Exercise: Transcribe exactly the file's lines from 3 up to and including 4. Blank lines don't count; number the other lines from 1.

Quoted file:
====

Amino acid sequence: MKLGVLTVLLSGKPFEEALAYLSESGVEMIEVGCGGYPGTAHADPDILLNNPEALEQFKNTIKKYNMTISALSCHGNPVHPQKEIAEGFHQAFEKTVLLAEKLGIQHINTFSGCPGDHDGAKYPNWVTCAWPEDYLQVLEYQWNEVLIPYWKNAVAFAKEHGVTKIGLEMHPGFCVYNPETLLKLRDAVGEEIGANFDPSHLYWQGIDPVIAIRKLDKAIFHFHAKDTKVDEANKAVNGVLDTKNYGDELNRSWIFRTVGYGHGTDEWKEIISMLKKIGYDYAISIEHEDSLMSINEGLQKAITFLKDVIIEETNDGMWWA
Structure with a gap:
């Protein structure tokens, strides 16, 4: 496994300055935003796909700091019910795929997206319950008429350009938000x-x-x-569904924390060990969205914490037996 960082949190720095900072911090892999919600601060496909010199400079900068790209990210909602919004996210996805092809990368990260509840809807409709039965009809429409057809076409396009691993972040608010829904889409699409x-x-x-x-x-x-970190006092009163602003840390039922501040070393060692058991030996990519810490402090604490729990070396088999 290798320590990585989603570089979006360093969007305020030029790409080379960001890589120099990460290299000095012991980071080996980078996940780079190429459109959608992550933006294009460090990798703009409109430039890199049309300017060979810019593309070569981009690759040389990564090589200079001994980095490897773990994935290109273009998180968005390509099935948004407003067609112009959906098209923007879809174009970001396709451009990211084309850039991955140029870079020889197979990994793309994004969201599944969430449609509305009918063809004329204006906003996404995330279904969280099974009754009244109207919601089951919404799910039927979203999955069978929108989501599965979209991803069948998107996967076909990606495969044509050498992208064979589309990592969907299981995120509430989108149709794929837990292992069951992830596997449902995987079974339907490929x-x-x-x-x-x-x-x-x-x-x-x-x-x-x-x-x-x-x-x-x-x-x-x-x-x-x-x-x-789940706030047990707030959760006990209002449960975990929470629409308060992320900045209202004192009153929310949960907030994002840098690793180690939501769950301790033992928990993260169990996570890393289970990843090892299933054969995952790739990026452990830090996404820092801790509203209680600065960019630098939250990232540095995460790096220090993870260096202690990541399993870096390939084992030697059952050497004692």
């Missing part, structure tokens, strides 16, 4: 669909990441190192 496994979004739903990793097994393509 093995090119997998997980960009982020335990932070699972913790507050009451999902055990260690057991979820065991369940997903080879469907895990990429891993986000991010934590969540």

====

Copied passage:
């Protein structure tokens, strides 16, 4: 496994300055935003796909700091019910795929997206319950008429350009938000x-x-x-569904924390060990969205914490037996 960082949190720095900072911090892999919600601060496909010199400079900068790209990210909602919004996210996805092809990368990260509840809807409709039965009809429409057809076409396009691993972040608010829904889409699409x-x-x-x-x-x-970190006092009163602003840390039922501040070393060692058991030996990519810490402090604490729990070396088999 290798320590990585989603570089979006360093969007305020030029790409080379960001890589120099990460290299000095012991980071080996980078996940780079190429459109959608992550933006294009460090990798703009409109430039890199049309300017060979810019593309070569981009690759040389990564090589200079001994980095490897773990994935290109273009998180968005390509099935948004407003067609112009959906098209923007879809174009970001396709451009990211084309850039991955140029870079020889197979990994793309994004969201599944969430449609509305009918063809004329204006906003996404995330279904969280099974009754009244109207919601089951919404799910039927979203999955069978929108989501599965979209991803069948998107996967076909990606495969044509050498992208064979589309990592969907299981995120509430989108149709794929837990292992069951992830596997449902995987079974339907490929x-x-x-x-x-x-x-x-x-x-x-x-x-x-x-x-x-x-x-x-x-x-x-x-x-x-x-x-x-789940706030047990707030959760006990209002449960975990929470629409308060992320900045209202004192009153929310949960907030994002840098690793180690939501769950301790033992928990993260169990996570890393289970990843090892299933054969995952790739990026452990830090996404820092801790509203209680600065960019630098939250990232540095995460790096220090993870260096202690990541399993870096390939084992030697059952050497004692």
């Missing part, structure tokens, strides 16, 4: 669909990441190192 496994979004739903990793097994393509 093995090119997998997980960009982020335990932070699972913790507050009451999902055990260690057991979820065991369940997903080879469907895990990429891993986000991010934590969540």